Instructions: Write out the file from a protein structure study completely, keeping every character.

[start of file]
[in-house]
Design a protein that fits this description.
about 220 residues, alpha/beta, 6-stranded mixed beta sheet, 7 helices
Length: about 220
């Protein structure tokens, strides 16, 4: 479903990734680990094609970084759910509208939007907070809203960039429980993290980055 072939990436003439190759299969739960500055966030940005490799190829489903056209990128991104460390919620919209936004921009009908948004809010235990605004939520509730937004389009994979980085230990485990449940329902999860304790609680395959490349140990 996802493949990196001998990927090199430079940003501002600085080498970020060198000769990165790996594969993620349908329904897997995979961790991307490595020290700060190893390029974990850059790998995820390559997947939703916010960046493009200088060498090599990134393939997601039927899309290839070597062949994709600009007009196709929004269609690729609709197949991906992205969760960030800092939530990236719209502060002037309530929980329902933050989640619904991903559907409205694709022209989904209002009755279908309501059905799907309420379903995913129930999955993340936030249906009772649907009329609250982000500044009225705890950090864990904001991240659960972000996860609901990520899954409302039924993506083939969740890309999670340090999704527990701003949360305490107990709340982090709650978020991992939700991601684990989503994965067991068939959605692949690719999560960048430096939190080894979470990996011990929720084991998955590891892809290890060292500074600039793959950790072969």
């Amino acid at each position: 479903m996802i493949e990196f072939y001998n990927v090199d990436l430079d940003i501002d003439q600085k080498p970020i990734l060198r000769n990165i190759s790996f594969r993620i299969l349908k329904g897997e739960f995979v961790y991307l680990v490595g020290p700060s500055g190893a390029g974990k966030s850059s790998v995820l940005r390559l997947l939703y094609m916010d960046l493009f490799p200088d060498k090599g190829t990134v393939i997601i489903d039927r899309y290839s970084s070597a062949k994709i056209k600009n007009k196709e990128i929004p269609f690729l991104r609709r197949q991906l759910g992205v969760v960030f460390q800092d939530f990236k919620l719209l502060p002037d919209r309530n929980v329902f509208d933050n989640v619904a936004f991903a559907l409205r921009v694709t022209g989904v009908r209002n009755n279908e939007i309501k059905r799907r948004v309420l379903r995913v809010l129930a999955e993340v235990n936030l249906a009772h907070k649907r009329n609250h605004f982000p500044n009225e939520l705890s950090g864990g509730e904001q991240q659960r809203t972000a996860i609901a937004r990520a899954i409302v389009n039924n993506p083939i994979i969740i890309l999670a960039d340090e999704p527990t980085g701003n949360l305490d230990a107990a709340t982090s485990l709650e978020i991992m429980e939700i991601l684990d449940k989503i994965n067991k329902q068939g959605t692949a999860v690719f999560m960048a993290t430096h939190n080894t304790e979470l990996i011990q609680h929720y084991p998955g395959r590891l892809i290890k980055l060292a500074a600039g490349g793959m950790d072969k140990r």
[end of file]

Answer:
[in-house]
Design a protein that fits this description.
about 220 residues, alpha/beta, 6-stranded mixed beta sheet, 7 helices
Length: about 220
């Protein structure tokens, strides 16, 4: 479903990734680990094609970084759910509208939007907070809203960039429980993290980055 072939990436003439190759299969739960500055966030940005490799190829489903056209990128991104460390919620919209936004921009009908948004809010235990605004939520509730937004389009994979980085230990485990449940329902999860304790609680395959490349140990 996802493949990196001998990927090199430079940003501002600085080498970020060198000769990165790996594969993620349908329904897997995979961790991307490595020290700060190893390029974990850059790998995820390559997947939703916010960046493009200088060498090599990134393939997601039927899309290839070597062949994709600009007009196709929004269609690729609709197949991906992205969760960030800092939530990236719209502060002037309530929980329902933050989640619904991903559907409205694709022209989904209002009755279908309501059905799907309420379903995913129930999955993340936030249906009772649907009329609250982000500044009225705890950090864990904001991240659960972000996860609901990520899954409302039924993506083939969740890309999670340090999704527990701003949360305490107990709340982090709650978020991992939700991601684990989503994965067991068939959605692949690719999560960048430096939190080894979470990996011990929720084991998955590891892809290890060292500074600039793959950790072969």
């Amino acid at each position: 479903m996802i493949e990196f072939y001998n990927v090199d990436l430079d940003i501002d003439q600085k080498p970020i990734l060198r000769n990165i190759s790996f594969r993620i299969l349908k329904g897997e739960f995979v961790y991307l680990v490595g020290p700060s500055g190893a390029g974990k966030s850059s790998v995820l940005r390559l997947l939703y094609m916010d960046l493009f490799p200088d060498k090599g190829t990134v393939i997601i489903d039927r899309y290839s970084s070597a062949k994709i056209k600009n007009k196709e990128i929004p269609f690729l991104r609709r197949q991906l759910g992205v969760v960030f460390q800092d939530f990236k919620l719209l502060p002037d919209r309530n929980v329902f509208d933050n989640v619904a936004f991903a559907l409205r921009v694709t022209g989904v009908r209002n009755n279908e939007i309501k059905r799907r948004v309420l379903r995913v809010l129930a999955e993340v235990n936030l249906a009772h907070k649907r009329n609250h605004f982000p500044n009225e939520l705890s950090g864990g509730e904001q991240q659960r809203t972000a996860i609901a937004r990520a899954i409302v389009n039924n993506p083939i994979i969740i890309l999670a960039d340090e999704p527990t980085g701003n949360l305490d230990a107990a709340t982090s485990l709650e978020i991992m429980e939700i991601l684990d449940k989503i994965n067991k329902q068939g959605t692949a999860v690719f999560m960048a993290t430096h939190n080894t304790e979470l990996i011990q609680h929720y084991p998955g395959r590891l892809i290890k980055l060292a500074a600039g490349g793959m950790d072969k140990r």